Definitions

from The American Heritage® Dictionary of the English Language, 4th Edition

  • suffix Of or relating to: Benedictine.
  • suffix Made of; resembling: opaline.
  • suffix A chemical substance, especially:
  • suffix Halogen: bromine.
  • suffix Basic compound: amine.
  • suffix Alkaloid: quinine.
  • suffix Amino acid: glycine.
  • suffix A mixture of compounds: gasoline.
  • suffix Commercial material: glassine.

from Wiktionary, Creative Commons Attribution/Share-Alike License

  • suffix of or pertaining to, like: asinine; marine.
  • suffix Used to form names of basic substances or halogens
  • suffix feminine nouns: heroine.
  • suffix given names or titles: Clementine, landgravine.
  • suffix commercial material: glassine.

from the GNU version of the Collaborative International Dictionary of English

  • A suffix, indicating that those substances of whose names it is a part are basic, in their nature, i.e. contain a basic nitrogen group.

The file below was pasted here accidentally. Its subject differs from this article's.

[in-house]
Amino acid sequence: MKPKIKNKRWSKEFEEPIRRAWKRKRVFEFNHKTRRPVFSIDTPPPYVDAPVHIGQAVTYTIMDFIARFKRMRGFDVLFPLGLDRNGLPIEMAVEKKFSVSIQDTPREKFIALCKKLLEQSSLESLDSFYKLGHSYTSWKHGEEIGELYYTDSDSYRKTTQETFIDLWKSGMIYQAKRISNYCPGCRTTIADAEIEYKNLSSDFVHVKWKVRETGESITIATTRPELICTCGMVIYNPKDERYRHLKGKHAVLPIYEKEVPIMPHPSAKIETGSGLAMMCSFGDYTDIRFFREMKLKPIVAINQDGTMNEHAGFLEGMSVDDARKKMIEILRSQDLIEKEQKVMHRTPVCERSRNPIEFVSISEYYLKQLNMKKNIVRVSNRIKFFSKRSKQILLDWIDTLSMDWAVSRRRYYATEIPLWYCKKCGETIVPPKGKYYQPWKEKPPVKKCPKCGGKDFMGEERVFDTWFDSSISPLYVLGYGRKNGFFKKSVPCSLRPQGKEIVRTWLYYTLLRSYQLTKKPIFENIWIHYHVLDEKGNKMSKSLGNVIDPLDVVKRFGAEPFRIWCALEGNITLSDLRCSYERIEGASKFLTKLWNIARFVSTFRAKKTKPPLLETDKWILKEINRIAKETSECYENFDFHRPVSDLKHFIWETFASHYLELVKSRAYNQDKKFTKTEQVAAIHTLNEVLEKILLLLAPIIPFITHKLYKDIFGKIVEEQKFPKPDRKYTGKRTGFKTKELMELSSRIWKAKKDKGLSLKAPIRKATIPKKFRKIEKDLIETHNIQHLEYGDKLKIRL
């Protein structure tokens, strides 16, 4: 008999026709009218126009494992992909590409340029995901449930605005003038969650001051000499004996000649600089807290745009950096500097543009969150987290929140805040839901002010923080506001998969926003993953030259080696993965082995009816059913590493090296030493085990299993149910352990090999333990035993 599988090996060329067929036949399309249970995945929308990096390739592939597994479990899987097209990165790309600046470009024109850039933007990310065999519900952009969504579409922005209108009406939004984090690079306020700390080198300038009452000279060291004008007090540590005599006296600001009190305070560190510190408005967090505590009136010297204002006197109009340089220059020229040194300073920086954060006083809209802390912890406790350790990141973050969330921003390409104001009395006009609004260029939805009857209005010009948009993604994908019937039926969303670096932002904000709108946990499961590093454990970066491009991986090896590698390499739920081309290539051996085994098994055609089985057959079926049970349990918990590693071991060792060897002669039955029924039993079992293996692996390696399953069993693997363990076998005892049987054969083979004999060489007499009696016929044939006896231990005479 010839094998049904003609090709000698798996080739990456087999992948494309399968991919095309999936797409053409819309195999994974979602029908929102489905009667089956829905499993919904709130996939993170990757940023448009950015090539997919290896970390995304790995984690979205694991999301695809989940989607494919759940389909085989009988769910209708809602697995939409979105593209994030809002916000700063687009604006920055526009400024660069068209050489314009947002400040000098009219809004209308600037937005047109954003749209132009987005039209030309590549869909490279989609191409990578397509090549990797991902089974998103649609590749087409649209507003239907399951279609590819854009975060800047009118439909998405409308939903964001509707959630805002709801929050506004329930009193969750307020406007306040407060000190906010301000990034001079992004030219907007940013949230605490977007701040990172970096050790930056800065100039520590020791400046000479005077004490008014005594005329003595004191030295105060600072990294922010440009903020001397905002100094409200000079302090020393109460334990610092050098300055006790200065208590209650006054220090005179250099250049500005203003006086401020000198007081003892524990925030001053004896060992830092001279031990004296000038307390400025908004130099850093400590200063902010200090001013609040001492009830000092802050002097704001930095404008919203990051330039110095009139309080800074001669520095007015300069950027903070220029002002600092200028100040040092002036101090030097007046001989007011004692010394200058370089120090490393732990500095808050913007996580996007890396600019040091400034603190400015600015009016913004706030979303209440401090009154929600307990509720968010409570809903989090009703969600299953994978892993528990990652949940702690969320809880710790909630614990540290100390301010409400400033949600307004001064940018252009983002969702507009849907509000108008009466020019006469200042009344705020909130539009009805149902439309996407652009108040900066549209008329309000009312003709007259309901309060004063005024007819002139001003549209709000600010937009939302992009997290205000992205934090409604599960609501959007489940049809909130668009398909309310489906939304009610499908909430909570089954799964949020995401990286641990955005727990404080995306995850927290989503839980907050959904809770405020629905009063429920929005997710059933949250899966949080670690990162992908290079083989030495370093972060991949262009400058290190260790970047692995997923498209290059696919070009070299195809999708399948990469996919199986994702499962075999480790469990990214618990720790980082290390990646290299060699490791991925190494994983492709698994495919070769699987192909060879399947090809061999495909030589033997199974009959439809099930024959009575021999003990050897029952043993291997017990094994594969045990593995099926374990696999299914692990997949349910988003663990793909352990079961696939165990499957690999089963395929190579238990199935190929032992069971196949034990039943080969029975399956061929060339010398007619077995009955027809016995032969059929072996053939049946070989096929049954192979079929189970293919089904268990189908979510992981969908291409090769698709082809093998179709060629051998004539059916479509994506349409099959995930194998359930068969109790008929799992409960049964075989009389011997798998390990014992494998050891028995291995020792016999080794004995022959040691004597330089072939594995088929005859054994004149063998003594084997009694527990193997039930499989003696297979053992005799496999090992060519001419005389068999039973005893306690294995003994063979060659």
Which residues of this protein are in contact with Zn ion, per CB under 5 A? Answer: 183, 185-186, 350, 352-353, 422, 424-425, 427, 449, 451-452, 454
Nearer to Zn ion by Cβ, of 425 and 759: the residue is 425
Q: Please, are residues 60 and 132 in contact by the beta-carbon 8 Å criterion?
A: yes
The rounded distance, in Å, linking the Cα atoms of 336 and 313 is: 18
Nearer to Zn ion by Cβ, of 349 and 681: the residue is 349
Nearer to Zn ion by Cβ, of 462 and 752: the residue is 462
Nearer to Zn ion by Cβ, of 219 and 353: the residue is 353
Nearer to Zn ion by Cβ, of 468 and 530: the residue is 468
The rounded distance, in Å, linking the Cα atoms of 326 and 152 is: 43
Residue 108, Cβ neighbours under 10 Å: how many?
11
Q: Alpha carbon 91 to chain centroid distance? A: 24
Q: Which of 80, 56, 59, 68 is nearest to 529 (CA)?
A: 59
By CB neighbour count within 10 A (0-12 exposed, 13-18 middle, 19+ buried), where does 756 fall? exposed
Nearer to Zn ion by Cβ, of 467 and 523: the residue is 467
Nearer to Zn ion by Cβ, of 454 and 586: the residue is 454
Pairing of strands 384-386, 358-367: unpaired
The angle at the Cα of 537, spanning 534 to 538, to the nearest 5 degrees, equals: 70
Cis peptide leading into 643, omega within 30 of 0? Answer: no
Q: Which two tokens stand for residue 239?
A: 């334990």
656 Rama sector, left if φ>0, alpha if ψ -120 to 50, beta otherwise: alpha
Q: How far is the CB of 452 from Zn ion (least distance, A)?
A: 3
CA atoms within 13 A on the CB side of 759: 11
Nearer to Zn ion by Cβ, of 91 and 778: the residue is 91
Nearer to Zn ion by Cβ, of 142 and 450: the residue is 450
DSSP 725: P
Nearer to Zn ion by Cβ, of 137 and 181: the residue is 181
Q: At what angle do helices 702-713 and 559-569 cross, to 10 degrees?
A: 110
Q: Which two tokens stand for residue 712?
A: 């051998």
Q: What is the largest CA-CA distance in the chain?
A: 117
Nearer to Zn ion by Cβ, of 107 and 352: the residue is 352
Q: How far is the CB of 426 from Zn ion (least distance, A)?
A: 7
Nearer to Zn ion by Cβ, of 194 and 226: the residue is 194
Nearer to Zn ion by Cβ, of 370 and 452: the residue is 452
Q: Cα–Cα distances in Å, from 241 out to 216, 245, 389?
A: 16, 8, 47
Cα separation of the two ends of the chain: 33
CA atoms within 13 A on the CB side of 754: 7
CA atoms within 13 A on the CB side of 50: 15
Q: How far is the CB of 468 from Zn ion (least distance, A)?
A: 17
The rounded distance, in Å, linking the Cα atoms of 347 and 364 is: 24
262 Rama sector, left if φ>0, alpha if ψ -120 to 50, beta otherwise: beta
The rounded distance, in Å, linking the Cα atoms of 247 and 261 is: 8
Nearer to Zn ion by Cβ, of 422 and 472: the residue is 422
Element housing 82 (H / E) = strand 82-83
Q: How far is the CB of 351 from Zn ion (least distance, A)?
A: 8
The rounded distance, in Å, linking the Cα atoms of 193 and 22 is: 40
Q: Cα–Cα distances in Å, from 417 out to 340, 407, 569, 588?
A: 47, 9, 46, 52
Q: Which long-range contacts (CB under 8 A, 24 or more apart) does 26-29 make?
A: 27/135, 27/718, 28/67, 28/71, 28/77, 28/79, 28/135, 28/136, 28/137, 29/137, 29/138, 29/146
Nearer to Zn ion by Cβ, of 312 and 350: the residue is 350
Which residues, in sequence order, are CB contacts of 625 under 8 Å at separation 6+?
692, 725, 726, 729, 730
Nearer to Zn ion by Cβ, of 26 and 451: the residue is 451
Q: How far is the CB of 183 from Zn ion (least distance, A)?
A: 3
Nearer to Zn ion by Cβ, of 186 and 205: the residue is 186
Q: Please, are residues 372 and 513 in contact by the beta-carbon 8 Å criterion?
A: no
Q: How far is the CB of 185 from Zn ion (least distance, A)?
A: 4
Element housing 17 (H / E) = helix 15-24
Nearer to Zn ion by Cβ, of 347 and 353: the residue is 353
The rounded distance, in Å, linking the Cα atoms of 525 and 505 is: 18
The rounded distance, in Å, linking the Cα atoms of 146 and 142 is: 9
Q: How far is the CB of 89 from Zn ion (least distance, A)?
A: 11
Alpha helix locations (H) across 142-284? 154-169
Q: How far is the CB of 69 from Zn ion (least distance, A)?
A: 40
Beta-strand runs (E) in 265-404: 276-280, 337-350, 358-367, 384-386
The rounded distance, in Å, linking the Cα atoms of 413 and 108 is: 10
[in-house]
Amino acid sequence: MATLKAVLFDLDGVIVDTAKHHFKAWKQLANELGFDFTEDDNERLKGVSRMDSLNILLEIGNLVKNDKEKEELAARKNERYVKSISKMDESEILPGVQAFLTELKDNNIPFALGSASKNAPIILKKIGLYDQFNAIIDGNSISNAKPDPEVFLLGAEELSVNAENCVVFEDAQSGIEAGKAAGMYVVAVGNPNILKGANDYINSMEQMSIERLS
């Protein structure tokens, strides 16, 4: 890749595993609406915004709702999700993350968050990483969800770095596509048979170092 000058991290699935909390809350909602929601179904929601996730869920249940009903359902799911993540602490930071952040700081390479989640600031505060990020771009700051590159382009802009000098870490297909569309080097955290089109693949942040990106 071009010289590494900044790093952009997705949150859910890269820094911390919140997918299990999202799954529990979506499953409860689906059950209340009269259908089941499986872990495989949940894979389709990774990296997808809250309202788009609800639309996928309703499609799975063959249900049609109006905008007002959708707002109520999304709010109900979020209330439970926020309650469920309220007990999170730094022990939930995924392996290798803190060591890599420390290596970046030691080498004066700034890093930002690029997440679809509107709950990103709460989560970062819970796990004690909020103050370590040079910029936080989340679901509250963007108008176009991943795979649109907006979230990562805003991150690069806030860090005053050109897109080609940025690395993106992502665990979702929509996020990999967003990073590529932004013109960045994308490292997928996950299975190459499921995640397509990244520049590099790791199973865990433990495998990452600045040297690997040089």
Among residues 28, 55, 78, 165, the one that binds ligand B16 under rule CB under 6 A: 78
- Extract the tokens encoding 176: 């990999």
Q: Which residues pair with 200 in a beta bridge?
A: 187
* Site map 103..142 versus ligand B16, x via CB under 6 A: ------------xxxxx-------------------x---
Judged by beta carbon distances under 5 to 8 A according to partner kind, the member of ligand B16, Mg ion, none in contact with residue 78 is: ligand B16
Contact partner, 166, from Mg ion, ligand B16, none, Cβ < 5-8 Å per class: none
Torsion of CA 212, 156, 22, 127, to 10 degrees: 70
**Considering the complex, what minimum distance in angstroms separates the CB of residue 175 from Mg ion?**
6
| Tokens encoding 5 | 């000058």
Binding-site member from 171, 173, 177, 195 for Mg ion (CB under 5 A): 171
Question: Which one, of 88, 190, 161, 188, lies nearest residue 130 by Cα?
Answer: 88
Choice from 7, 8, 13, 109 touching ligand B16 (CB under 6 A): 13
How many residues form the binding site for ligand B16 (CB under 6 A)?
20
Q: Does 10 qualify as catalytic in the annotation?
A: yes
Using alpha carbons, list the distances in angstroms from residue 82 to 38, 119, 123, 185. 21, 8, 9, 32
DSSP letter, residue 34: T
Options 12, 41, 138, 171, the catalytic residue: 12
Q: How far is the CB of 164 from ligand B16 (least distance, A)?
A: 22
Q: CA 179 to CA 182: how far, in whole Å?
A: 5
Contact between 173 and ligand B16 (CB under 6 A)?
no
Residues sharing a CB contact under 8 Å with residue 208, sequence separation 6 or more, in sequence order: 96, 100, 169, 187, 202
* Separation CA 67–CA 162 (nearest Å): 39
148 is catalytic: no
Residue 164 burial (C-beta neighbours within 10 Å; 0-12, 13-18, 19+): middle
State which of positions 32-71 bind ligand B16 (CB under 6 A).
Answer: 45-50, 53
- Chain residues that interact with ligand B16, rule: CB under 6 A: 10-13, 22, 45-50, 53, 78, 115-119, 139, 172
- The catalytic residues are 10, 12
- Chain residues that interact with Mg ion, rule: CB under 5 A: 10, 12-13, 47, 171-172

• A suffix, formerly used to indicate hydrocarbons of the second degree of unsaturation; i. e., members of the acetyline series; but now superseded by the ending -yne, as in propyne.

from The Century Dictionary and Cyclopedia

  • A Middle English form of eyen, former plural of eye.
  • See -in.
  • See -in.

Etymologies

Middle English -in, -ine, from Old French, from Latin -īnus, -īna, adj. suff., and from Latin -inus, adj. suff. (from Greek -inos).
Ultimately from Latin -īnus and -inus, adj. suffixes; see -ine1.
(American Heritage® Dictionary of the English Language, Fourth Edition)
From Middle English -ine, from Old French -ine, from Latin -īnus, from Ancient Greek ινος (-inos). More at -en. (Wiktionary)

Examples

Sorry, no example sentences found.

Comments

Log in or sign up to get involved in the conversation. It's quick and easy.